I will try and explain to why the ID and questions were bothersome, We Phoned this bank on Monday to inform them of a money transfer of 10k to our account and we were going to pick it up on Saturday.
We gave them all the details over the phone, and in return we were given a time to pick up the funds on Saturday.

The three pieces of photo ID were not really a problem, the problem started with the 8-10 questions that were very personal.
As I mentioned in the OP they know exactly what we are worth and who we are.

Then questioning the wife as to why she would want to take out the funds.....the bank only had "our" money transfer for 3 days but did not want to see it go out the door.

This to us was stonewalling and the above took about 15 minutes.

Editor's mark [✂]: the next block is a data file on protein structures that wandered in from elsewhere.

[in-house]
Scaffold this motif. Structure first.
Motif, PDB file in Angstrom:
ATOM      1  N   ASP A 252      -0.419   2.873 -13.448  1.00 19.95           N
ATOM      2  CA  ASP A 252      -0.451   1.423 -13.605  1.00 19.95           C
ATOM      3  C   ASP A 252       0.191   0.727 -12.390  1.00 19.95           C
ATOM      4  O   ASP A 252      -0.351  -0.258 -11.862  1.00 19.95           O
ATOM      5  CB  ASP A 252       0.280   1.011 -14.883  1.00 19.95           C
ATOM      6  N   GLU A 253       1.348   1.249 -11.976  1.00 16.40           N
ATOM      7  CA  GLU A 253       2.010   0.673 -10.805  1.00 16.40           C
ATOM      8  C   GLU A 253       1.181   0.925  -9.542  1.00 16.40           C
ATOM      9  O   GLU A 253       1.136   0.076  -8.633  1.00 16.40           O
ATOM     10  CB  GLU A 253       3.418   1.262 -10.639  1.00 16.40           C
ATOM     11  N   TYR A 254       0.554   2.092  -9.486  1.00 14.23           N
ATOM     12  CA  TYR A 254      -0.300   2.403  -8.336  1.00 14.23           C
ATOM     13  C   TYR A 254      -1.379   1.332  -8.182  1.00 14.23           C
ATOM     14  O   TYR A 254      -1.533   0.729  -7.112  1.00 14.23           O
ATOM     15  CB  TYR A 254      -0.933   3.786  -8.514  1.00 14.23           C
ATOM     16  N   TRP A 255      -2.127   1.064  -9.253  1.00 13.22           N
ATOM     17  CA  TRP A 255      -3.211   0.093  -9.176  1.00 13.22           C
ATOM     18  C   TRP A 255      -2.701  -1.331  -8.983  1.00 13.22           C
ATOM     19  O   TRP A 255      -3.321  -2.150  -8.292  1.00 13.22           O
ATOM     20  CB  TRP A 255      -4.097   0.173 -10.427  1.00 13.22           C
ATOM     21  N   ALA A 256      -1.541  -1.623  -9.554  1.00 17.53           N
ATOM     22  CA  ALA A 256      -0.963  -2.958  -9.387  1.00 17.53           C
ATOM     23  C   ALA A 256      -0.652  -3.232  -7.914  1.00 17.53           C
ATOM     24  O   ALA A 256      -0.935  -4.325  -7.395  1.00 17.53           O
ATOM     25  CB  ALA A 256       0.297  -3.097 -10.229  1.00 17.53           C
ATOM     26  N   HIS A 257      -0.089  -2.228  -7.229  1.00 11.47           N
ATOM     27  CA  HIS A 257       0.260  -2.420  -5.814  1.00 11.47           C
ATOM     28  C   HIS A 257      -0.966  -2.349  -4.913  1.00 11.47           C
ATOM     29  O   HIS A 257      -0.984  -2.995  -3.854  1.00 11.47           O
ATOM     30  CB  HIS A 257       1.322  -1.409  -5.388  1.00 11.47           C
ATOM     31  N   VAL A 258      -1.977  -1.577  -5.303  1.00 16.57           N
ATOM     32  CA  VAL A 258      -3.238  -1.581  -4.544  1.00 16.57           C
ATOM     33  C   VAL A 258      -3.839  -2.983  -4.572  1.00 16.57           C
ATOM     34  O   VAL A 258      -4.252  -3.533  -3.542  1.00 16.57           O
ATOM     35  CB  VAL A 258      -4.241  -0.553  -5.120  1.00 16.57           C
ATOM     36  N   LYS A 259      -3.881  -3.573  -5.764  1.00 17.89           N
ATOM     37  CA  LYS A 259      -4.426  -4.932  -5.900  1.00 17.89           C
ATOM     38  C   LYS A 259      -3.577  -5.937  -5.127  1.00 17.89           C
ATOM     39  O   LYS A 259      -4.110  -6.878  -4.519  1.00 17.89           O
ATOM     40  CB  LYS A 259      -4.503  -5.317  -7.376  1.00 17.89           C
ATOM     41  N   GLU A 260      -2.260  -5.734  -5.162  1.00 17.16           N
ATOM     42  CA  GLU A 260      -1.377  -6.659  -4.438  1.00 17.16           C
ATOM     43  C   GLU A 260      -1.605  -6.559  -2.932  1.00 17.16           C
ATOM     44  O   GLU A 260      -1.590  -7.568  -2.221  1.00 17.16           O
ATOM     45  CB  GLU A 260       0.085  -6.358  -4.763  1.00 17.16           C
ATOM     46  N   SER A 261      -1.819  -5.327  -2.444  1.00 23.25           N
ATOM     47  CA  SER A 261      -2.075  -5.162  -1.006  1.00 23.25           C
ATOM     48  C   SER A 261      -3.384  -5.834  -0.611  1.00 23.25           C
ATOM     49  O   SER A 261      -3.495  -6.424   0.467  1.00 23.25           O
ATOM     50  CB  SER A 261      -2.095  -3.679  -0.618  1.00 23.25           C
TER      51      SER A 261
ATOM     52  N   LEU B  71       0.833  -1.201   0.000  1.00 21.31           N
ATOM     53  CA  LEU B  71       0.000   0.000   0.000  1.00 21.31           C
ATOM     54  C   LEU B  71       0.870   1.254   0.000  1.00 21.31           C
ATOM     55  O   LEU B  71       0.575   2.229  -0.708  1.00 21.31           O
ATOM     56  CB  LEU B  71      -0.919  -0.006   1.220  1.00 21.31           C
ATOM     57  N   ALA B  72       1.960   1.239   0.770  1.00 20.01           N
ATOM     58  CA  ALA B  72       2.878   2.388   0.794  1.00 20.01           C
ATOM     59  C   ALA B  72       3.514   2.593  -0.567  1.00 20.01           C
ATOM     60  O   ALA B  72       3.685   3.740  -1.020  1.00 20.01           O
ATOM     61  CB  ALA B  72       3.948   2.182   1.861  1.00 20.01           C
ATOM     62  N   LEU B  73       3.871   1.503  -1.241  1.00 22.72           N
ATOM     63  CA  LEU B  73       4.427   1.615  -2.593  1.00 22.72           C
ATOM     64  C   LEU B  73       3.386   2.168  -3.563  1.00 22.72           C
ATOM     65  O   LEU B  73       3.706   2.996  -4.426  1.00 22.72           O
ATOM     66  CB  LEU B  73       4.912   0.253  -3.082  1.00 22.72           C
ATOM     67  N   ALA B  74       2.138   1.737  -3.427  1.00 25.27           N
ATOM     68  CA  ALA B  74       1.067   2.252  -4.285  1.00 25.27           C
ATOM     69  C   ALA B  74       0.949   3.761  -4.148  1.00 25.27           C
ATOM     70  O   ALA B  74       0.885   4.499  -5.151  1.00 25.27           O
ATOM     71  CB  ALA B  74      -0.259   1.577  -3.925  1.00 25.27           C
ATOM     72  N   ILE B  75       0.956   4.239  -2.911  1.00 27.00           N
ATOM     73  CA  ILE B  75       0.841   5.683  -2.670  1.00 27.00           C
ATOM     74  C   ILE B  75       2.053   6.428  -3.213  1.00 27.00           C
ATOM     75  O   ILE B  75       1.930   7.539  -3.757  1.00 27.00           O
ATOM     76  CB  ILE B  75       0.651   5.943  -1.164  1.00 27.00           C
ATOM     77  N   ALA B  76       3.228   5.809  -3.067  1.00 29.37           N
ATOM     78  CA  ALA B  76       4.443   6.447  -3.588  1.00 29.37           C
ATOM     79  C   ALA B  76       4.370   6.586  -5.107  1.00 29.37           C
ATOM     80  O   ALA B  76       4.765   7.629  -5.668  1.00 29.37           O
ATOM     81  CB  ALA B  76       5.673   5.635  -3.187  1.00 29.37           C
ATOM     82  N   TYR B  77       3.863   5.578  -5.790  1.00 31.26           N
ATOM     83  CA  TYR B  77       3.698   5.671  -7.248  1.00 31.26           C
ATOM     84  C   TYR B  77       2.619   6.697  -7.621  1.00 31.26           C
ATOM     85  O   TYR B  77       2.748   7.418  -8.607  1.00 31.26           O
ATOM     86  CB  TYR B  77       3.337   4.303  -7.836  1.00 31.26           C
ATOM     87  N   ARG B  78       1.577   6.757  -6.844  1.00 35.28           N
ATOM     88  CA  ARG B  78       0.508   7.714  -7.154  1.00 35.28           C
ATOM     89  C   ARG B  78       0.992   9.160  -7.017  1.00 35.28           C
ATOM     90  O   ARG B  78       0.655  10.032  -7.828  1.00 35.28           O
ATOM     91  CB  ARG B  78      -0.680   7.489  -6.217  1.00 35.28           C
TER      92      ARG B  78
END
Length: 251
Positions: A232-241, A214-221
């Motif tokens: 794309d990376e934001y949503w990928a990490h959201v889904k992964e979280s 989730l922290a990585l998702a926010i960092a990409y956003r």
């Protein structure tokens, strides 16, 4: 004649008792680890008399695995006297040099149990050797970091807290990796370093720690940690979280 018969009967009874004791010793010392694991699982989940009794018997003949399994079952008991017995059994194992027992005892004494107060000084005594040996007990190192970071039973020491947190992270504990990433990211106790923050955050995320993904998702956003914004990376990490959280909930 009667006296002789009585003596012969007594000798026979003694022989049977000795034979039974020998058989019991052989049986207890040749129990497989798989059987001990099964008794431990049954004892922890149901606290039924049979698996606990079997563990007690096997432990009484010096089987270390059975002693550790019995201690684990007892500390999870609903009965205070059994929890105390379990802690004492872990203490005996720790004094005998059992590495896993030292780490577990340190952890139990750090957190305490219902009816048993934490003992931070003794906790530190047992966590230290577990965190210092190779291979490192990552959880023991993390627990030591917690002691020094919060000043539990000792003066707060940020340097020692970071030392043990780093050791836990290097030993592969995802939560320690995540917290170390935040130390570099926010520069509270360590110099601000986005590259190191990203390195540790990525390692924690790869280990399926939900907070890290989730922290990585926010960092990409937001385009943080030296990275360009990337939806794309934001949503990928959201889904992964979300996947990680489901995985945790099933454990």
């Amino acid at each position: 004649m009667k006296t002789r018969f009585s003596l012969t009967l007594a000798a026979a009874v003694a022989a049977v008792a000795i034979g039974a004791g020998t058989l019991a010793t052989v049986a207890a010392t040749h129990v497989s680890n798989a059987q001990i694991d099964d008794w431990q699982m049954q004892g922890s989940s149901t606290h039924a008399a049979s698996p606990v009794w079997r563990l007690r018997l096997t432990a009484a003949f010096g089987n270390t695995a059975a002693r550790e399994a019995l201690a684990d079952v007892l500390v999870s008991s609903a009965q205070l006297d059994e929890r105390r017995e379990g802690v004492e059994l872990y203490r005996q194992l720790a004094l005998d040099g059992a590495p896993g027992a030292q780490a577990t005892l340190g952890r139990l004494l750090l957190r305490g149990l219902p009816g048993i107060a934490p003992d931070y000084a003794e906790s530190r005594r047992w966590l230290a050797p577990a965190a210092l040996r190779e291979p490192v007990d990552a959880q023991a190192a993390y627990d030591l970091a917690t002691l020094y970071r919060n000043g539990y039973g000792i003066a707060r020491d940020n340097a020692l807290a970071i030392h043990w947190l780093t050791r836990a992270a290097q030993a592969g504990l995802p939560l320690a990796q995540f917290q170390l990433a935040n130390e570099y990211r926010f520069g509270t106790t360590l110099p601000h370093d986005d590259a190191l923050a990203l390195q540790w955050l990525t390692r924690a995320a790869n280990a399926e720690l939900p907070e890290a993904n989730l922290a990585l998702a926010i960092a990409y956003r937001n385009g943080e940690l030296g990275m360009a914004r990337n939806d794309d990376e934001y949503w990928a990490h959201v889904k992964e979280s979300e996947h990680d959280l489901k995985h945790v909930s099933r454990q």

I'm actually sort of glad that my bank does this. And when it's helping you remove your cash from an unstable environment, does it really matter? They are essentially holding the gun here.



Well it did matter to us but you are correct as in they certainly were holding the gun..


As to the issue of having to sign a Waiver to absolve the bank of any Liability if she were to be robbed of the cash on the way home!

Well that was a first for us and yes we have taken out that much cash before and have never had this asked of us before.
They took almost 15 minutes to find the form and left my wife there to hopefully stew over the idea of getting bonked on the noggin, and therefore change her mind and leave without the funds.

Once the form was filled out (10 minutes) they actually got down to business and started counting the money.